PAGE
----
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Post-mortem Cogitations of the late Mr. Smith. 75 readers as less probable, but, nevertheless, it is not one jot the less true. I was anxious not only to attain a degree of popularity which should survive my brief existence; I panted to witness that popularity; unseen, to see the tears that would be shed, -unheard, to mingle with the mute mourners who would lament my death. Where is the advantage of being lamented if one cannot hear the lamentations ? But how was this privilege to be attained ? Alas! attained it was; but the means shall never be divulged to my readers. Never shall another Mr. Smith, self-satisfied and exulting in his popularity, be taught by me to see what I have seen, to feel what I have felt.
I had perused St. Leon ; I therefore knew that perpetually-renovated youth had been sought and had been bought. I had read Frankenstein, and I had seen that wonders, equally astonishing and supernatural, had been attained by mortals. I wanted to watch my own weepers, nod at my own plumes, count my own mourning-coaches, and read with my own eyes the laudatory paragraph that announced my own demise in the county newspaper. I gained my point,-I did all this, and more than this; but I would not advise any universally-admired gentleman and fondly-idolized husband to follow my example. What devilish arts I used, what spells, what conjurations, never will I reveal ; suffice it to say that I attained the object of my desires. Two peeps was I to have at those I left behind me,-one exactly a month after my demise, the second on that day ten years!
And now for the result of peep the first.
In some degree my thirst for posthumous popularity was certainly gratified; and I will begin with the pleasantest part of my own “post mortem examination.”
My own house (or rather the house that had been mine) looked doleful enough: no mirth, no guests, no music; the servants in deep mourning, and a hatchment over the door. My own wife (or rather my relict) was a perfect picture of misery and mourning, in the extreme of the fashion. She heaved the deepest sighs, she was trimmed with the deepest crape, and wore the deepest hems that ever were seen. The depth of her despondency was truly gratifying. Her cap was most conscientiously hideous, and beneath its folds every hair upon her head lay hid. She was a moving mass of crape and bombasin.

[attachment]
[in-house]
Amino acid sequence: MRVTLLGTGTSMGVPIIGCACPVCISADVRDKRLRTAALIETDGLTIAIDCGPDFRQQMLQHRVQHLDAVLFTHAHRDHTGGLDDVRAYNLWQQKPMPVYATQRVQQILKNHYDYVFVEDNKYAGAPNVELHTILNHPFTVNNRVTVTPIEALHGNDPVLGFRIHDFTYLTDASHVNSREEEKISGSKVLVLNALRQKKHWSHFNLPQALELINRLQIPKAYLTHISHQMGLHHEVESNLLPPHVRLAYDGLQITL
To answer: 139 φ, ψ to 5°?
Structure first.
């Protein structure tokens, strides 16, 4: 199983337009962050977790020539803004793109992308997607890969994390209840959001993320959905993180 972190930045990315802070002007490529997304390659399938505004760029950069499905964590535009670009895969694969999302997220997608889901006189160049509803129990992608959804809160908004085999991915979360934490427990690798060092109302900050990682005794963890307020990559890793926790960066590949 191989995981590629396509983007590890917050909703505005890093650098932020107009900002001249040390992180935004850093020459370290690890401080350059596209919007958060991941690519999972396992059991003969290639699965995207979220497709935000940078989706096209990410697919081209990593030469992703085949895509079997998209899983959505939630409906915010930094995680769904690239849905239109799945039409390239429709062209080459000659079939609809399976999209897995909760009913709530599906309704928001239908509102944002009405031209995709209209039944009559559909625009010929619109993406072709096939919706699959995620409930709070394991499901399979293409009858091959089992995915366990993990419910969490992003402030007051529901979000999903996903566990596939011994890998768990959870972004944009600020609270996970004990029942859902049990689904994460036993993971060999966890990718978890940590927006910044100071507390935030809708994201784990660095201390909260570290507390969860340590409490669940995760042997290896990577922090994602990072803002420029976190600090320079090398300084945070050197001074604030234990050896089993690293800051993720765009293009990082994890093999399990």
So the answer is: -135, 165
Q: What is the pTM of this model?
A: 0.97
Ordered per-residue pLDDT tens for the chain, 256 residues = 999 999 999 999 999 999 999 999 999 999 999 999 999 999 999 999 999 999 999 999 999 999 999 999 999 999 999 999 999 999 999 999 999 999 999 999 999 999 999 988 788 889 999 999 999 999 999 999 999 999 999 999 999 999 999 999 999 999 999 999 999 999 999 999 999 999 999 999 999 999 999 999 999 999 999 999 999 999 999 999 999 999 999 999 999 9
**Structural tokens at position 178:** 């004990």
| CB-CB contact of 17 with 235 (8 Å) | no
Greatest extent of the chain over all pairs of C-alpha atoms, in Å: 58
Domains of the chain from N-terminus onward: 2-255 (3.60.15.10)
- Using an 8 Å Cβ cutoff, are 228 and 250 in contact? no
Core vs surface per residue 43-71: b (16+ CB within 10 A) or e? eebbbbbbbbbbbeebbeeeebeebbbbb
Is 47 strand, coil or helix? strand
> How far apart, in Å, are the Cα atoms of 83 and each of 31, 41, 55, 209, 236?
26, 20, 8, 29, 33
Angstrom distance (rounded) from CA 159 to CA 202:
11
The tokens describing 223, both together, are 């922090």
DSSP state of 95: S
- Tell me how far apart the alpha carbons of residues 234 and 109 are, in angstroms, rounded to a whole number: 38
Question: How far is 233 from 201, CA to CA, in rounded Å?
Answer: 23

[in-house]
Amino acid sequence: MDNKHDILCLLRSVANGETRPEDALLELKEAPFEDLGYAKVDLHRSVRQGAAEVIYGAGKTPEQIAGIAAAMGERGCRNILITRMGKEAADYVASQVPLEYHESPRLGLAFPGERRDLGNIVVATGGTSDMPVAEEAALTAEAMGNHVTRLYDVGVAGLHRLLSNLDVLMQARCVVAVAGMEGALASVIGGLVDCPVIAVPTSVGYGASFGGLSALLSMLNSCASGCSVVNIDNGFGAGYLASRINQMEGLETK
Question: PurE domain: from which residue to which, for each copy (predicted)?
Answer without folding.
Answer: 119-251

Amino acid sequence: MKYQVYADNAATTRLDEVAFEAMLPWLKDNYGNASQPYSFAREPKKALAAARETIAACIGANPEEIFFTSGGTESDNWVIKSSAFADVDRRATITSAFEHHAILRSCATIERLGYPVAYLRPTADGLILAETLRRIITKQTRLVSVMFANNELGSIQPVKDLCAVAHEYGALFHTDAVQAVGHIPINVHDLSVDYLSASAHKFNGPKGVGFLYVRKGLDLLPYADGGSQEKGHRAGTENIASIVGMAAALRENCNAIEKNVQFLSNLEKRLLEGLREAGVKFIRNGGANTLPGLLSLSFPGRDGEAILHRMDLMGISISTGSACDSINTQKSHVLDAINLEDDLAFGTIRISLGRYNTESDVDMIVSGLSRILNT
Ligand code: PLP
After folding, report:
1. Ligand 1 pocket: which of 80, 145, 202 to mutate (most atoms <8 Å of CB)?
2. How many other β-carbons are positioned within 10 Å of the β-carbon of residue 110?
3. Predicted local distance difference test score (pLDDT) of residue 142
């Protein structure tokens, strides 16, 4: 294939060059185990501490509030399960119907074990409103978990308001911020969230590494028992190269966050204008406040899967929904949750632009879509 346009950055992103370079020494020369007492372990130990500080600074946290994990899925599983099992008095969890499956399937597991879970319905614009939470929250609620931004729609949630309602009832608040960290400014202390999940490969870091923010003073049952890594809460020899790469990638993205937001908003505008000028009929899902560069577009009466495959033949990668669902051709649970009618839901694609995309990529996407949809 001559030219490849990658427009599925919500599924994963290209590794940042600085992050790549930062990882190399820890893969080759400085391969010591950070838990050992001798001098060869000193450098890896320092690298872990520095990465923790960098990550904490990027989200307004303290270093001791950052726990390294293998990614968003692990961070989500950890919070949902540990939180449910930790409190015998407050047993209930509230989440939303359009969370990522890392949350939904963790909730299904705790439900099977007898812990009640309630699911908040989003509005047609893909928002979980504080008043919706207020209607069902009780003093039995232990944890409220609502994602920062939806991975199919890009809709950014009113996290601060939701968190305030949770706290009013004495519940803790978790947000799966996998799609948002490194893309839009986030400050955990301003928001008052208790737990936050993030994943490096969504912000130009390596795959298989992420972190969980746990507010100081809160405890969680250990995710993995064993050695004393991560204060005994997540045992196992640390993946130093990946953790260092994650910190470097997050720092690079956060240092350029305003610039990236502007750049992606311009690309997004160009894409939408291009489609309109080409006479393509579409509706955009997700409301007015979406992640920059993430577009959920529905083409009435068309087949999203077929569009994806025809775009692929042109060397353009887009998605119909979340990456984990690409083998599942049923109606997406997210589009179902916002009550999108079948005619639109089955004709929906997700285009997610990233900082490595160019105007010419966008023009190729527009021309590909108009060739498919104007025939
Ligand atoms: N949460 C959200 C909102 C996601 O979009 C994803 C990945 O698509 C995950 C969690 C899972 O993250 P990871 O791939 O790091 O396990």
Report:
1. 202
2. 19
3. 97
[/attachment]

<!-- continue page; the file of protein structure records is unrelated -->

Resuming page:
In her right hand was a pocket-handkerchief
, in her left a smelling-bottle, and in her eye a tear. She was closeted with a gentleman, but it was no rival—nothing to arouse one jealous pang in the bosom of a departed husband. It was, in fact, a marble masonic meeting. She was giving directions about my monument, and putting herself into the attitude of lamentation in which she wished to be represented (and is represented), bending over my urn: she burst into a torrent of tears, and in scarce articulate accents called for her "sainted Anthony." When she came a little to herself, she grumbled somewhat at the extravagance of the estimate, knocking off here and there some little ornamental monumental decoration, bargaining about my inscription, and cheapening my urn!
She was interrupted by the entrance of a milliner, who was ordered to prepare a black velvet cloak lined with ermine; and no expense was to be spared. Alas! thought I, the widow's “inky cloak” may well be warm; my black marble covering will be cold comfort to her.
is Just to amuse you, ma'am," said the marchande des modes, “ do look at some things that are going home for Miss Jones's wedding."
The widow said nothing; and I thought it was with a vacant eye that she gazed apathetically at satin, blonde, and feathers white as the driven snow. At length she cried abruptly, “I cannot-cannot wear them!” and covering her face with her handkerchief, she wept more loudly than before. Happy late husband that I was--surely for me she wept! A housemaid was blubbering on the stairs, a footman sighing in the hall; this is as it should be, thought I: and when I heard that a temporary reduction in the establishment was determined on, and that the weeping and sighing individuals had been just discharged, I felt the soothing conviction, that leaving their living mistress tore open the wounds inflicted by the loss of their late master, and made them bleed afresh. My dog howled as I passed him, my horse ran wild in the paddock, and the clock in my own sitting-room maintained a sad and stubborn silence, wanting my hand to wind it up.
Things evidently did not go on in the old routine without me, and this was soothing to my spirit. My own portrait was turned with its face to the wall : my widow having no longer the original to look at, could not endure gazing at the mute resemblance! What, after all, thought I, is the use of a portrait ? When the original lives, we have something better to look at; and when the original is gone, we cannot bear to look at it. Be that as it may, I did not the less appreciate my widow's sensibility:
On the village green the idle boys played cricket; they mourned me not-but what of that? a boy will skip in the rear of his grandmother's funeral. The village butcher stood disconsolately at the door of his shop, and said to the village baker, who was despondingly passing by, * Dull times these, neighbour Bonebread! dull times. Ah! we miss the good squire, and the feastings at the hall.”